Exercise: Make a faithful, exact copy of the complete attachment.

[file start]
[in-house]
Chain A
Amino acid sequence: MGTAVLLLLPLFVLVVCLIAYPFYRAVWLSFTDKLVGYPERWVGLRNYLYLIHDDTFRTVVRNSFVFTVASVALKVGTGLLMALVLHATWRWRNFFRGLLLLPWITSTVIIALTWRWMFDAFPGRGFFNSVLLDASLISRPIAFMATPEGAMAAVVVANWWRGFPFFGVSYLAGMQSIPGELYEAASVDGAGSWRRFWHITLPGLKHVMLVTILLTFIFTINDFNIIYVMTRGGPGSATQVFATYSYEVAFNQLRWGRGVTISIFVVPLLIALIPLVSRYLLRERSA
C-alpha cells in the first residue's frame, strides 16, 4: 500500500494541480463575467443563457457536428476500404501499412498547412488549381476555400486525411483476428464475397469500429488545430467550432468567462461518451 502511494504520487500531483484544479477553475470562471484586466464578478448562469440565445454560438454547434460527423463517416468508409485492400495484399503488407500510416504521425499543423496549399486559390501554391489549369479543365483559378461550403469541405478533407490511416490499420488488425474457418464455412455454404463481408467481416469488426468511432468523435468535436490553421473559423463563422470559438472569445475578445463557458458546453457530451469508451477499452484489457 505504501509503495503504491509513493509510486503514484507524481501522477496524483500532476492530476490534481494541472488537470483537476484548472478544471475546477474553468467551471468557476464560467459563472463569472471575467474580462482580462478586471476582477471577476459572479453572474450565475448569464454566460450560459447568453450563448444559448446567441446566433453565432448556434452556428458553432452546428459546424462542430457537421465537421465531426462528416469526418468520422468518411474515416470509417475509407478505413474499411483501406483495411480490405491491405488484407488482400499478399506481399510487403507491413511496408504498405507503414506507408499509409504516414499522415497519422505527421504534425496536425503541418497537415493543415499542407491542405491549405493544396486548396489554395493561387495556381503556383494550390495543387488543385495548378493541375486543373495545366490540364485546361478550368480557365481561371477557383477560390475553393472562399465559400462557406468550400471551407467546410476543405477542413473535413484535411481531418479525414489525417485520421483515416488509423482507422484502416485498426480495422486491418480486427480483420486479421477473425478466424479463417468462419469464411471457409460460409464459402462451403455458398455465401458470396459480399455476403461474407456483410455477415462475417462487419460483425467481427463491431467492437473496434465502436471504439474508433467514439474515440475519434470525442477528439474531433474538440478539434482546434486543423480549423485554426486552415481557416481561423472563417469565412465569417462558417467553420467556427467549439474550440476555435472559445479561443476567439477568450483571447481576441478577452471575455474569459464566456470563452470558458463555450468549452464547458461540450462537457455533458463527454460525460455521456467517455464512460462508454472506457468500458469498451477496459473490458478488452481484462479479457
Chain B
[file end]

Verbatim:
[in-house]
Chain A
Amino acid sequence: MGTAVLLLLPLFVLVVCLIAYPFYRAVWLSFTDKLVGYPERWVGLRNYLYLIHDDTFRTVVRNSFVFTVASVALKVGTGLLMALVLHATWRWRNFFRGLLLLPWITSTVIIALTWRWMFDAFPGRGFFNSVLLDASLISRPIAFMATPEGAMAAVVVANWWRGFPFFGVSYLAGMQSIPGELYEAASVDGAGSWRRFWHITLPGLKHVMLVTILLTFIFTINDFNIIYVMTRGGPGSATQVFATYSYEVAFNQLRWGRGVTISIFVVPLLIALIPLVSRYLLRERSA
C-alpha cells in the first residue's frame, strides 16, 4: 500500500494541480463575467443563457457536428476500404501499412498547412488549381476555400486525411483476428464475397469500429488545430467550432468567462461518451 502511494504520487500531483484544479477553475470562471484586466464578478448562469440565445454560438454547434460527423463517416468508409485492400495484399503488407500510416504521425499543423496549399486559390501554391489549369479543365483559378461550403469541405478533407490511416490499420488488425474457418464455412455454404463481408467481416469488426468511432468523435468535436490553421473559423463563422470559438472569445475578445463557458458546453457530451469508451477499452484489457 505504501509503495503504491509513493509510486503514484507524481501522477496524483500532476492530476490534481494541472488537470483537476484548472478544471475546477474553468467551471468557476464560467459563472463569472471575467474580462482580462478586471476582477471577476459572479453572474450565475448569464454566460450560459447568453450563448444559448446567441446566433453565432448556434452556428458553432452546428459546424462542430457537421465537421465531426462528416469526418468520422468518411474515416470509417475509407478505413474499411483501406483495411480490405491491405488484407488482400499478399506481399510487403507491413511496408504498405507503414506507408499509409504516414499522415497519422505527421504534425496536425503541418497537415493543415499542407491542405491549405493544396486548396489554395493561387495556381503556383494550390495543387488543385495548378493541375486543373495545366490540364485546361478550368480557365481561371477557383477560390475553393472562399465559400462557406468550400471551407467546410476543405477542413473535413484535411481531418479525414489525417485520421483515416488509423482507422484502416485498426480495422486491418480486427480483420486479421477473425478466424479463417468462419469464411471457409460460409464459402462451403455458398455465401458470396459480399455476403461474407456483410455477415462475417462487419460483425467481427463491431467492437473496434465502436471504439474508433467514439474515440475519434470525442477528439474531433474538440478539434482546434486543423480549423485554426486552415481557416481561423472563417469565412465569417462558417467553420467556427467549439474550440476555435472559445479561443476567439477568450483571447481576441478577452471575455474569459464566456470563452470558458463555450468549452464547458461540450462537457455533458463527454460525460455521456467517455464512460462508454472506457468500458469498451477496459473490458478488452481484462479479457
Chain B